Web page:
The Man Up Club: Offering Hope for Black Youth

Back boys need positive role models, something that Man Up wants to offer. (Image:  Pixabay /  CC0 1.0)
Back boys need positive role models, something that Man Up wants to offer. (Image: Pixabay / CC0 1.0)

The Black Lives Matter movement has once again brought the attention back to racism against the African-American community in the U.S, especially among its male population. One of the poorest communities in America, black men often find themselves struggling to better their lives due to a lack of positive role models and support. The Man Up Club in Minneapolis, Minnesota, aims to change this.

A guiding light

The Man Up Club was founded by Korey Dean, who has worked as a student advocate at a local school. During his work, Dean discovered that many African-American boys in the school faced huge challenges — they had lower graduation levels, higher detention rates, and more incidences of being involved with the police after an altercation. This is when Dean decided that he should do something to help out the black children.

“We started looking at some of these systemic issues and realized that we needed to step in and … be an advocate on behalf of these young men who really weren’t even articulate enough to be able to speak for themselves when they found themselves in tough circumstances that required a lot of maneuvering,” he said to The Epoch Times. Dean found out that almost 80 percent of the black boys were living in fatherless homes, with most of them in conditions that forced them to always be in “survival mode.”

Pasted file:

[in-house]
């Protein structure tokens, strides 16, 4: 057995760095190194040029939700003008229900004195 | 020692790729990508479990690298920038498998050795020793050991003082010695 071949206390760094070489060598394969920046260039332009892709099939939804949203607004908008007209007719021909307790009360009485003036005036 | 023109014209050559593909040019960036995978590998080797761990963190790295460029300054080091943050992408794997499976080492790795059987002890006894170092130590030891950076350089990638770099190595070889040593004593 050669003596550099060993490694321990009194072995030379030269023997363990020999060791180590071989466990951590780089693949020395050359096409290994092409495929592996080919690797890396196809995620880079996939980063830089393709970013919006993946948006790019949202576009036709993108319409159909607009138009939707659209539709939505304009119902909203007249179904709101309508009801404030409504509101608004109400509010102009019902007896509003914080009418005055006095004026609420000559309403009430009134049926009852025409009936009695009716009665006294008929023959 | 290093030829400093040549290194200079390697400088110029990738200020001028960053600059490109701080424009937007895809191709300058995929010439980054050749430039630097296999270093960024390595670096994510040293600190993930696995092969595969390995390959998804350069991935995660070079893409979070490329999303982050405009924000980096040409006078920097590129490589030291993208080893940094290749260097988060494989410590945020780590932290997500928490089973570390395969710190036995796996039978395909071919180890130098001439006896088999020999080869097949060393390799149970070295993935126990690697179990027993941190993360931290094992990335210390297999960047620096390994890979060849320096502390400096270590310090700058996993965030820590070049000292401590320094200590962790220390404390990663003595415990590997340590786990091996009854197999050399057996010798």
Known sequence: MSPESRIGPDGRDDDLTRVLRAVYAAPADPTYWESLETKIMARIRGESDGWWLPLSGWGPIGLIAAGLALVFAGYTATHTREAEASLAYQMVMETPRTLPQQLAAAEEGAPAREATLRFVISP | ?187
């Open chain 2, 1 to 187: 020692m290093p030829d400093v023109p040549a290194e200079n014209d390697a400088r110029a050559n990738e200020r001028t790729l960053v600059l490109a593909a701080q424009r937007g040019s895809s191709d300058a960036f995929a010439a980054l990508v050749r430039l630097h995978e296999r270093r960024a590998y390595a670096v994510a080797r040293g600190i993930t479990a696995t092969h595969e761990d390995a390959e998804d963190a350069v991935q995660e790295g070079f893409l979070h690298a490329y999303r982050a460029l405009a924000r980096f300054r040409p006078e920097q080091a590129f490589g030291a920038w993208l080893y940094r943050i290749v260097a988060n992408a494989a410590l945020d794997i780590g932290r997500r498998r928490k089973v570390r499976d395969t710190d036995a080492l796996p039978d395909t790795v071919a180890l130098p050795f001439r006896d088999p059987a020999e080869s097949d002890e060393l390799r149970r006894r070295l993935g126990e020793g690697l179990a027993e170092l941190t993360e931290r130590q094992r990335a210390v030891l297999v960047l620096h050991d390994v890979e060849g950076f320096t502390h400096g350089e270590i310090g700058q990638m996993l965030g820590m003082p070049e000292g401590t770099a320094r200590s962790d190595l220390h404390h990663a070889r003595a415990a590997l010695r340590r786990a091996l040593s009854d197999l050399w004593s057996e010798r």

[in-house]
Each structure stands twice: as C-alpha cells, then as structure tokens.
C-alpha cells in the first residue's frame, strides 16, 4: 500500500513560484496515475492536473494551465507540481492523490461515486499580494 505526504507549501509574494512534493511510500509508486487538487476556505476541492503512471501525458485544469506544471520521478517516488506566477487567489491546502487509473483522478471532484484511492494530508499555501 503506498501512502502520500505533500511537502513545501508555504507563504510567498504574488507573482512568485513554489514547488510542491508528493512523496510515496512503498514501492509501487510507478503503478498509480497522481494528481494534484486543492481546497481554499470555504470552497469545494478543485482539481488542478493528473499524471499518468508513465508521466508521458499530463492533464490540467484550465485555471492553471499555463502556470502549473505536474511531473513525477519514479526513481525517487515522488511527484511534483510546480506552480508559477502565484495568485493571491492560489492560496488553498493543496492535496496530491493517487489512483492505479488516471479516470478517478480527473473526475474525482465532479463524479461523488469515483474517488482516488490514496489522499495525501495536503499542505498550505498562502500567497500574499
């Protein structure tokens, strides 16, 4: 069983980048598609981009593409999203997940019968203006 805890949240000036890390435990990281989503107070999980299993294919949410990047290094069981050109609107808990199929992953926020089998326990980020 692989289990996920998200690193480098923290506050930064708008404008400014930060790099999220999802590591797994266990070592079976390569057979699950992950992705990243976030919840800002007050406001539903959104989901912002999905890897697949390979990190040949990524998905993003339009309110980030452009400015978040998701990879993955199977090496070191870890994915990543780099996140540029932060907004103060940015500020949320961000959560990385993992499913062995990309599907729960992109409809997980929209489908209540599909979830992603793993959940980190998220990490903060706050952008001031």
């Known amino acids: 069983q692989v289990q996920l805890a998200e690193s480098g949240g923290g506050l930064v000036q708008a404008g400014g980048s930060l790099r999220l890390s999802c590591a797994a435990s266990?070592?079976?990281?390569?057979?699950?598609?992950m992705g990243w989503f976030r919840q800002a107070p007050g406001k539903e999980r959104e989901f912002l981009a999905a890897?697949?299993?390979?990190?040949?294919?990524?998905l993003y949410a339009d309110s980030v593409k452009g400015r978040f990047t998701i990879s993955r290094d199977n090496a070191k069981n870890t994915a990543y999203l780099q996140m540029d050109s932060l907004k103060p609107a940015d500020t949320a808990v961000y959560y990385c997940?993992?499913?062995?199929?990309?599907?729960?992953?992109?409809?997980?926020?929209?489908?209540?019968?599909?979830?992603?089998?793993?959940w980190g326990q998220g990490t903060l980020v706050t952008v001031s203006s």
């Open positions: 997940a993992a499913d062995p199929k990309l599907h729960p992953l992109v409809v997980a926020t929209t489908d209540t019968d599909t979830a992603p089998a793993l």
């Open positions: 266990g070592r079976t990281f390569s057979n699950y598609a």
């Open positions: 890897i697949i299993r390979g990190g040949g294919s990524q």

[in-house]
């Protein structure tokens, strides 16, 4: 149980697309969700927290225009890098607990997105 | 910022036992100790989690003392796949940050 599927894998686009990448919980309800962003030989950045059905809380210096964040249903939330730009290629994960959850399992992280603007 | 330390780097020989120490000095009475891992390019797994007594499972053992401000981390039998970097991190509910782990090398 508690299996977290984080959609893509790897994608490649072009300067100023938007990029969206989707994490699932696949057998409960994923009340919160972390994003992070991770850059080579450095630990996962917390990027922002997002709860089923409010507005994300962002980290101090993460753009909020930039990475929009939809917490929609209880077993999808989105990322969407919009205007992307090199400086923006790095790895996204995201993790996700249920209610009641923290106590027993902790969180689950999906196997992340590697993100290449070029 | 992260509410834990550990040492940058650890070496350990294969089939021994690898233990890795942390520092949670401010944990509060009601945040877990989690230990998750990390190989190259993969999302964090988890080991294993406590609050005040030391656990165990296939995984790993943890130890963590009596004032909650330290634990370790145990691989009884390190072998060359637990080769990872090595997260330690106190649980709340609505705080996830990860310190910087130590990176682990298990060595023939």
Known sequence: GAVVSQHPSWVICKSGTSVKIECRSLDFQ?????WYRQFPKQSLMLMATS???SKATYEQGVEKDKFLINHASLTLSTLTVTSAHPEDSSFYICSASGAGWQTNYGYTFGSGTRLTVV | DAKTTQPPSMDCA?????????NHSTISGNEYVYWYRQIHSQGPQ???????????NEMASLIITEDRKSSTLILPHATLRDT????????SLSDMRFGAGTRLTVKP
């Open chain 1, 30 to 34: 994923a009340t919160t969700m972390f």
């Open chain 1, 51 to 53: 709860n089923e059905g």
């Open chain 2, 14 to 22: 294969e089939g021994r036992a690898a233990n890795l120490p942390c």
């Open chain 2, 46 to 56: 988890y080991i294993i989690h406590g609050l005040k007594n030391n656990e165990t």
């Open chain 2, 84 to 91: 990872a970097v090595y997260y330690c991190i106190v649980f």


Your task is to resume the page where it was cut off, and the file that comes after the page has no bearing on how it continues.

Some black boys find themselves conflicted about reporting crimes due to the ‘no snitch’ policy. (Image: Pixabay / CC0 1.0)

Dean says that he launched the Man Up Club in 2012 as an after-school program with three specific goals — to ensure that as many black youngsters pass high school as possible, to eventually get them into college or a trade school, and to keep them out of the prison pipeline. Every week, Dean hosts a dinner for the 60 black youths who have joined the program. Dean points out that since the kids live in an environment where crimes and murders take place in higher numbers, it is increasingly taxing on their minds. Many of the perpetrators of the crimes might be people who these kids know. The strong “no snitch” code among the community means that the youngsters are unable to speak about these crimes.

Dean focuses on teaching conflict resolution methods to the boys so that they are ready to de-escalate a tense situation when it arises rather than foolishly pursue it hot-headedly and end up committing some crime. One young boy admits that his life would have been very different in a very bad way if he had not joined the club. According to Dean, almost 400 African-American boys have benefitted from his program and he hopes that Man Up chapters come up across the nation.

Some black boys see an improvement in academic performance after joining the club. (Image: Pixabay / CC0 1.0)

Club activities

Members of the Man Up Club are taught the importance of being on time, valuing punctuality as supreme. In addition to learning how to control negative emotions like anger, the youngsters are encouraged to develop moral values like responsibility and integrity in whatever they do. Achieving success in school is emphasized so that they value education and remain on the path of career advancement.

The boys also learn about how to be an example to their peers so that they can positively affect the lives of their community members as well. After spending some time with the club, the boys usually see a change in their behavior. Rather than being depressed and tense, they look at life with hope. 

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